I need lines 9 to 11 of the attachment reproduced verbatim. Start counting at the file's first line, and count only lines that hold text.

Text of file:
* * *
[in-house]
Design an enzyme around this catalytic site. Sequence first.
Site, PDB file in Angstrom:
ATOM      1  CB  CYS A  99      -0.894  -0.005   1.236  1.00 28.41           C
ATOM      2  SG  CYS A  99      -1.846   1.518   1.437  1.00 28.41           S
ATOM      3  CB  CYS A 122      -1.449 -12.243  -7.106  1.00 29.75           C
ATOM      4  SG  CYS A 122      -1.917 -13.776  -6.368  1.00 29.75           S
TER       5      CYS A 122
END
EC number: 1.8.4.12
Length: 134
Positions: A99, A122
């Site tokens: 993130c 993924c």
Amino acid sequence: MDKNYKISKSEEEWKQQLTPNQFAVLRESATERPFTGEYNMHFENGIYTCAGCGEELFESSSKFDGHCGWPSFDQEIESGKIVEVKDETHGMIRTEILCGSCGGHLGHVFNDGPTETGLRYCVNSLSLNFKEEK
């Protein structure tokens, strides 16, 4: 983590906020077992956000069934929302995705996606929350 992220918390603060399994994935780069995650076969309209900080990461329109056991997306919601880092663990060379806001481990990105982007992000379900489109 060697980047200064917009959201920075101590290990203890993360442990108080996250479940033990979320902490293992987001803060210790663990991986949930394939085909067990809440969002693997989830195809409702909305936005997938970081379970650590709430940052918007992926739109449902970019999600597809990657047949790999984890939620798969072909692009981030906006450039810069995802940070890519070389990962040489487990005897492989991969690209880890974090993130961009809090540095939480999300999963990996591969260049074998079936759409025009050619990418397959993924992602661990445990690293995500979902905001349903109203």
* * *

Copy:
END
EC number: 1.8.4.12
Length: 134